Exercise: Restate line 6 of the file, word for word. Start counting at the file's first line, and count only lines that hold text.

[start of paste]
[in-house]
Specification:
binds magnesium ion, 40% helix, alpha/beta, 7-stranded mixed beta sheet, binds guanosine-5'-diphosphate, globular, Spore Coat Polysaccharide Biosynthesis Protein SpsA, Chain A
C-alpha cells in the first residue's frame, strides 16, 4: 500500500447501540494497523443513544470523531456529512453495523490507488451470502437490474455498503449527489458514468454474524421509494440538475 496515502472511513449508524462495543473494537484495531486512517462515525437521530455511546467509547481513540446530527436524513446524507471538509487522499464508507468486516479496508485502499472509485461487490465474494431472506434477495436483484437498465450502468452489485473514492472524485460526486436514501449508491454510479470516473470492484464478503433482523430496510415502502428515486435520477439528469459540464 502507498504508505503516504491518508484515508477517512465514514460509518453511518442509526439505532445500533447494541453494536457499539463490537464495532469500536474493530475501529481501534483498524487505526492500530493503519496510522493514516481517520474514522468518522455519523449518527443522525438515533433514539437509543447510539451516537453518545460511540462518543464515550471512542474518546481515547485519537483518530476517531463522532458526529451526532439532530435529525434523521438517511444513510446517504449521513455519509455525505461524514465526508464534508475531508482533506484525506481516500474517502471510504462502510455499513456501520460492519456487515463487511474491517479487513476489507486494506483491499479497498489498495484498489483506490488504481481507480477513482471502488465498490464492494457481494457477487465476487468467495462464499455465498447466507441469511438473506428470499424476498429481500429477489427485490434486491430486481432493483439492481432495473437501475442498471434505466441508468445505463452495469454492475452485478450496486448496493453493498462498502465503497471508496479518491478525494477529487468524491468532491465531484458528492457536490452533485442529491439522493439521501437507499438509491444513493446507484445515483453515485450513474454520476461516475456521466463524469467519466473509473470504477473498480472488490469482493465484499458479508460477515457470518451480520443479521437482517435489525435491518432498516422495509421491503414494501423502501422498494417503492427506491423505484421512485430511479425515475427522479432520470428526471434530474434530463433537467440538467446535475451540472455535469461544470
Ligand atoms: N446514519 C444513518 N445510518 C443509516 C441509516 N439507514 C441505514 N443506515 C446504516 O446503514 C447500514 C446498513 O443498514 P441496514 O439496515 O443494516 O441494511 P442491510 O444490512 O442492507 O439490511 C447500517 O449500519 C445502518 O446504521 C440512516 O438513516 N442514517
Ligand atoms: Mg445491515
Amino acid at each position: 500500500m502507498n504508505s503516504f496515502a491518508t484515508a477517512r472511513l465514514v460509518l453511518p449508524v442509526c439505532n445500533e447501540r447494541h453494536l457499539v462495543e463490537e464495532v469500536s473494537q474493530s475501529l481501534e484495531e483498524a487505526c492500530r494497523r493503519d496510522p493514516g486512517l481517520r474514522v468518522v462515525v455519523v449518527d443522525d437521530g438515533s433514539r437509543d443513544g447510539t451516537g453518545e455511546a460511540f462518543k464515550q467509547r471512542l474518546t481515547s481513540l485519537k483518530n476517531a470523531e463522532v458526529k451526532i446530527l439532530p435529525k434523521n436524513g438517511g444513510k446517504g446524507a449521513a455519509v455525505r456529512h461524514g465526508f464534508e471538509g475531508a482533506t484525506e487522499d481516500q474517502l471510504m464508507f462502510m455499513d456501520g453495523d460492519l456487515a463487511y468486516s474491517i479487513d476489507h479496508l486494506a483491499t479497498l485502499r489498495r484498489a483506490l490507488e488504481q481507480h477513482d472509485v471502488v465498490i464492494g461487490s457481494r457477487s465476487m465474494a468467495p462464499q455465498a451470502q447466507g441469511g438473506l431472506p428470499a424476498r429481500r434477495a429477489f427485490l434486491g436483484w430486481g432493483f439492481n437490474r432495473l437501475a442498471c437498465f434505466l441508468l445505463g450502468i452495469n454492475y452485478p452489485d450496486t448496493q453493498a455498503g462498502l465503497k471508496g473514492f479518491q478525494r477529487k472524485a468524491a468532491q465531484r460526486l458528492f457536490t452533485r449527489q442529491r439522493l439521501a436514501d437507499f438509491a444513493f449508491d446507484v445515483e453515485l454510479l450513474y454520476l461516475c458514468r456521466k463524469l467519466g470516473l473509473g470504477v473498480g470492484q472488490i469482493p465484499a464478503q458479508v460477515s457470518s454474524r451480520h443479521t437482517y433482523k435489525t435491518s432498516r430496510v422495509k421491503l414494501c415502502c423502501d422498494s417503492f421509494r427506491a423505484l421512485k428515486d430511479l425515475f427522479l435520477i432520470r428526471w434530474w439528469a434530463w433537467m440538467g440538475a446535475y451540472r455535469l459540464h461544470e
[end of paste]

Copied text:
Ligand atoms: Mg445491515